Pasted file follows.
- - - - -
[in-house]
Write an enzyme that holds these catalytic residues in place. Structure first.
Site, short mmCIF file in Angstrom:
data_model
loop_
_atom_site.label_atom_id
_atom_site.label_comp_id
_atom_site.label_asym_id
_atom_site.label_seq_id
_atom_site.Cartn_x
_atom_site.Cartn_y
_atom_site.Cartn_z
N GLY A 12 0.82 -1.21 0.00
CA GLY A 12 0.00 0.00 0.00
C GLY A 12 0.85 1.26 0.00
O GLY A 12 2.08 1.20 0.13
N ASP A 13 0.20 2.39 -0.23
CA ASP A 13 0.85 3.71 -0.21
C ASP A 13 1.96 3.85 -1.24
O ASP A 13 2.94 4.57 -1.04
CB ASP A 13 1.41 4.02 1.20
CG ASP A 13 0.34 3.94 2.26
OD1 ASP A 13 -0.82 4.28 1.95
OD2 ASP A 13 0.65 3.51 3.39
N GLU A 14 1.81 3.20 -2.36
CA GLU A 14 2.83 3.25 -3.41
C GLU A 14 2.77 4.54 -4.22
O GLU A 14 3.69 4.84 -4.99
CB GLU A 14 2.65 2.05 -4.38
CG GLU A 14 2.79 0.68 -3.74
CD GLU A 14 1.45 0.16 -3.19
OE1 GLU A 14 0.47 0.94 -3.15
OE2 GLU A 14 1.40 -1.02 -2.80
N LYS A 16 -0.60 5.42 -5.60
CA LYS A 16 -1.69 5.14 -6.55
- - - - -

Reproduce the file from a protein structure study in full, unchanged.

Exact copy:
[in-house]
Write an enzyme that holds these catalytic residues in place. Structure first.
Site, short mmCIF file in Angstrom:
data_model
loop_
_atom_site.label_atom_id
_atom_site.label_comp_id
_atom_site.label_asym_id
_atom_site.label_seq_id
_atom_site.Cartn_x
_atom_site.Cartn_y
_atom_site.Cartn_z
N GLY A 12 0.82 -1.21 0.00
CA GLY A 12 0.00 0.00 0.00
C GLY A 12 0.85 1.26 0.00
O GLY A 12 2.08 1.20 0.13
N ASP A 13 0.20 2.39 -0.23
CA ASP A 13 0.85 3.71 -0.21
C ASP A 13 1.96 3.85 -1.24
O ASP A 13 2.94 4.57 -1.04
CB ASP A 13 1.41 4.02 1.20
CG ASP A 13 0.34 3.94 2.26
OD1 ASP A 13 -0.82 4.28 1.95
OD2 ASP A 13 0.65 3.51 3.39
N GLU A 14 1.81 3.20 -2.36
CA GLU A 14 2.83 3.25 -3.41
C GLU A 14 2.77 4.54 -4.22
O GLU A 14 3.69 4.84 -4.99
CB GLU A 14 2.65 2.05 -4.38
CG GLU A 14 2.79 0.68 -3.74
CD GLU A 14 1.45 0.16 -3.19
OE1 GLU A 14 0.47 0.94 -3.15
OE2 GLU A 14 1.40 -1.02 -2.80
N LYS A 16 -0.60 5.42 -5.60
CA LYS A 16 -1.69 5.14 -6.55